Does your to-do list conclude with the reception? Well, as much as I would love to tell you that it should, your obligations don’t end when the last guest walks out.
After the big day, there are still a few crucial tasks brides and grooms need to take care of, from settling up with vendors to writing heartfelt thank you notes.
Essential items, like formally changing your name (if you choose to do so), aren’t difficult to remember. But you won’t want to overlook any of the small things, such as freezing your wedding cake for your anniversary or preserving your wedding dress.
We suggest compiling your post-wedding checklist now, so you’ll remember to dot your I’s and cross your T’s after the “I do’s”!
- Immediate To-Dos
- Important Stuff
- Fun Stuff
- Preserve Your Bouquet (ASAP)
- Preserve Your Wedding Dress (1 – 2 months post-wedding)
- Create a Wedding Album (4 – 6 months post-wedding)
- Return Duplicates and Clean Up Your Registry (4 – 6 months post-wedding)
- Leave Your Vendors Reviews (3 – 6 months post-wedding)
- Send Your Parents and In-Laws a Personal Gift (2 – 4 months post-wedding)
- Post Wedding FAQ
Your guests will understand if your thank-you cards arrive a week or two late – newlyweds deserve to honeymoon, after all!
Unfortunately, your vendors aren’t likely to be as accommodating if you don’t return your rentals ASAP. Here’s a breakdown of everything you will need to complete immediately post-wedding.
Tip & Pay Your Vendors (ASAP)
This is a significant priority that you can’t overlook. Wedded bliss likely won’t be so blissful if you have collections calling. Be sure that you have fully paid your vendor expenses as soon as possible after your wedding.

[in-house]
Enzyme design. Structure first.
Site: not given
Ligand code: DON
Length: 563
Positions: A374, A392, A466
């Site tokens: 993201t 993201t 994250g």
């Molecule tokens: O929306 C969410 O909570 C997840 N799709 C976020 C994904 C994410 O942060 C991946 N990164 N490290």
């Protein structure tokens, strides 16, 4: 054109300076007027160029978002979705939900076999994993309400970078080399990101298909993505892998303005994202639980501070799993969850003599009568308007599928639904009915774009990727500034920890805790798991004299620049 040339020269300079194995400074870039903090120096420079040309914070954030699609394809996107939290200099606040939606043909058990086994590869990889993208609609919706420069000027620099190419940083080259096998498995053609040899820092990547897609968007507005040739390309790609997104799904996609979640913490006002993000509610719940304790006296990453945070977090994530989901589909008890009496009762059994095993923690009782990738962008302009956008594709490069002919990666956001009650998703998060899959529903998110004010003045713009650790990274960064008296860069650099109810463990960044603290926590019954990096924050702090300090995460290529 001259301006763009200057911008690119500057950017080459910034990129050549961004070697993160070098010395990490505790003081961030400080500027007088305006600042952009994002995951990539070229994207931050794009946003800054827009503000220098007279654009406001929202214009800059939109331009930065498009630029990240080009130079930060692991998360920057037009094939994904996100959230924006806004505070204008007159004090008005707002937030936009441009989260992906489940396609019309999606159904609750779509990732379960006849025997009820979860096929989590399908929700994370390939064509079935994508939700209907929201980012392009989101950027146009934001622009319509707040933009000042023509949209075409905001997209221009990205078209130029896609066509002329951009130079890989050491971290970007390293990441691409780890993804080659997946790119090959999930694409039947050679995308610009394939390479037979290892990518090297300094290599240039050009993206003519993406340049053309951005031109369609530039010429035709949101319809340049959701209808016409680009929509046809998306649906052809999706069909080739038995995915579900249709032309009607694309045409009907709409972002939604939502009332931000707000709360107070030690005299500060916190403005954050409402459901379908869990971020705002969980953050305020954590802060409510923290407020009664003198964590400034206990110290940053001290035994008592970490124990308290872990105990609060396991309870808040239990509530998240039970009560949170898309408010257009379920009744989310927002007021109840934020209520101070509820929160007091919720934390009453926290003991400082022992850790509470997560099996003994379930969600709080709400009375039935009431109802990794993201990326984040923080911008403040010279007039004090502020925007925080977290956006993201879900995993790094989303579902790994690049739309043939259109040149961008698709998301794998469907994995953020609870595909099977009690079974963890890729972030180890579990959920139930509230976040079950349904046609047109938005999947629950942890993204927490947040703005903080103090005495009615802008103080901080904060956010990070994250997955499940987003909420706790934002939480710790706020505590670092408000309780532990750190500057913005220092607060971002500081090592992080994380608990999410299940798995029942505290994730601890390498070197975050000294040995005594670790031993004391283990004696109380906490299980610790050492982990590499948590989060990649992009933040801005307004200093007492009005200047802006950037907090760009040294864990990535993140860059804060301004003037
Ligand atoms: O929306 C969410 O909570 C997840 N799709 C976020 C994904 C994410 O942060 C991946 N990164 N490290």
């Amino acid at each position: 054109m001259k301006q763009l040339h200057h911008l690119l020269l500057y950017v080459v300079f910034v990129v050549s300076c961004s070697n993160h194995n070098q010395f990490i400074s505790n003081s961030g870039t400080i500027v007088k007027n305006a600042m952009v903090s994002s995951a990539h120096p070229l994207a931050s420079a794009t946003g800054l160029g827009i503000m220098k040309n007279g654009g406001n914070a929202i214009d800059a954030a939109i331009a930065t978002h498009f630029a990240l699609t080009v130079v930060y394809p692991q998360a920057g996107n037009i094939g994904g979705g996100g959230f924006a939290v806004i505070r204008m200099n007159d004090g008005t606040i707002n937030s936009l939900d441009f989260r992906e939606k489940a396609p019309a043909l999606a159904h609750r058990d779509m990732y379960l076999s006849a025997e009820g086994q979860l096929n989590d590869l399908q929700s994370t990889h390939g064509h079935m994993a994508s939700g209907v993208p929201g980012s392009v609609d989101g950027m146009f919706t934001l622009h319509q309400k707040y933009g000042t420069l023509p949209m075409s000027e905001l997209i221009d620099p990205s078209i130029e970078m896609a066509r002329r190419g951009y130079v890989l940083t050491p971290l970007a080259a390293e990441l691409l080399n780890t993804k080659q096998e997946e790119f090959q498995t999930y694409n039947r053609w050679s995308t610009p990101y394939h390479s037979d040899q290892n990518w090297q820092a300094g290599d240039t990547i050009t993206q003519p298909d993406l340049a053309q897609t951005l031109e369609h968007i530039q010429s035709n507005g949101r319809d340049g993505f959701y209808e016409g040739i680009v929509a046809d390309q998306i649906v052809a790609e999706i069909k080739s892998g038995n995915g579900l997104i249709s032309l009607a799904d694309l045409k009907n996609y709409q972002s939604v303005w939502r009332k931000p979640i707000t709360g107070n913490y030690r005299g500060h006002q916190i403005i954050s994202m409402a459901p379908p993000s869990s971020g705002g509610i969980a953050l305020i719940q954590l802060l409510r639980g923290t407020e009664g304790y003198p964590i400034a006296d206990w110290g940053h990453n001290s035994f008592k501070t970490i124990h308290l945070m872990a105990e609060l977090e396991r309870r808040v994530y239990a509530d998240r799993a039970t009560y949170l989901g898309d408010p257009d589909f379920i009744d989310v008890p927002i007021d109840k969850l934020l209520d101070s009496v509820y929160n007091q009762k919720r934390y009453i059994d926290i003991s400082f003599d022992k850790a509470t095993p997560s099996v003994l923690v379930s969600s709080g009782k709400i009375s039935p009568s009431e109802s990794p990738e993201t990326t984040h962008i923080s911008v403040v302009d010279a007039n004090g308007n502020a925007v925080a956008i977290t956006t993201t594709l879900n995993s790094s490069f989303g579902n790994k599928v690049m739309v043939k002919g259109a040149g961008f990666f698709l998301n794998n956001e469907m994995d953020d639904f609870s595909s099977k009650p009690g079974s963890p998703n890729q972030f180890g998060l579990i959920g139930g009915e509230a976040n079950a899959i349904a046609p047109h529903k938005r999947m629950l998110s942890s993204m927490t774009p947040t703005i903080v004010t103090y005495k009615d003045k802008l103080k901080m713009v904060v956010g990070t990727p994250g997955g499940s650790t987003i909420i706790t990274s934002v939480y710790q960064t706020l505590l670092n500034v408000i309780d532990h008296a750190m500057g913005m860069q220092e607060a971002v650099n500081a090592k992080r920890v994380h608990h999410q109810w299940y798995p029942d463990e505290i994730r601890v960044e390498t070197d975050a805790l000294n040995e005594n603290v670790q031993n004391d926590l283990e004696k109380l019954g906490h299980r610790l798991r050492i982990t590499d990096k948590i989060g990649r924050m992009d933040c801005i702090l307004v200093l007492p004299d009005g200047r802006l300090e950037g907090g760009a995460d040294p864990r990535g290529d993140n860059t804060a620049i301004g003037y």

This is especially true if you plan to go on your honeymoon and unplug from the rest of the world. Ensuring vendors have been appropriately tipped is essential too! Thankfully, most vendors require payment in full just before the event, but it doesn’t hurt to double-check.
If you are worried about this getting done between the wedding and the honeymoon, you can always put one of your parents or even the trusted maid of honor or best man in charge of handing out the checks while you jet off into the sunset.
Return Any Rentals (ASAP)
It can be challenging to keep track of what’s been rented, borrowed, and bought. Having a list can be helpful. If you have rented an item, it likely came with a due date for return. Before you take off to a tropical destination or settle into your new married life, be sure to return everything you’ve been loaned. This can include:
- tablecloths and linens
If you’ve borrowed the items from a friend or family, you probably have a bit more leeway. Again, enlisting a trusted friend or family member to help you with the returns is a tremendous help – especially if they are the same person who picked up the rentals in the first place!
Freeze Your Wedding Cake (1-2 days post-wedding)
Tradition says that couples should freeze the top tier of the wedding cake to enjoy it on their first anniversary. I wish I could have frozen the whole thing and enjoyed it every day for a year! But I digress.
If you want to take part in this tradition, expediency is critical. Decadent wedding cakes can spoil, and that delectable frosting will melt. Try to freeze the top tier of your cake as quickly as possible, but certainly within one to two days post-wedding. It’s a good idea to look up instructions on exactly how to freeze your confection if you want it to last a full 365 days and still taste delicious.
Send Thank You Cards (1-2 weeks post-wedding)
Hopefully, your guests understand that you two deserve some time as the new Mr. & Mrs. Nevertheless, sending thank you cards is expected and greatly appreciated. Within a few weeks of your ceremony, it’s a good idea to get your cards in the mail. Experts recommend having your cards posted three months after the wedding at the very latest.
While sending a virtual thank you is fine, we love beautiful stationery with a heartfelt message. Therefore, you’ll want to keep in mind how long it will take you to write, stuff, and address all your thank-yous when considering your to-do timeline.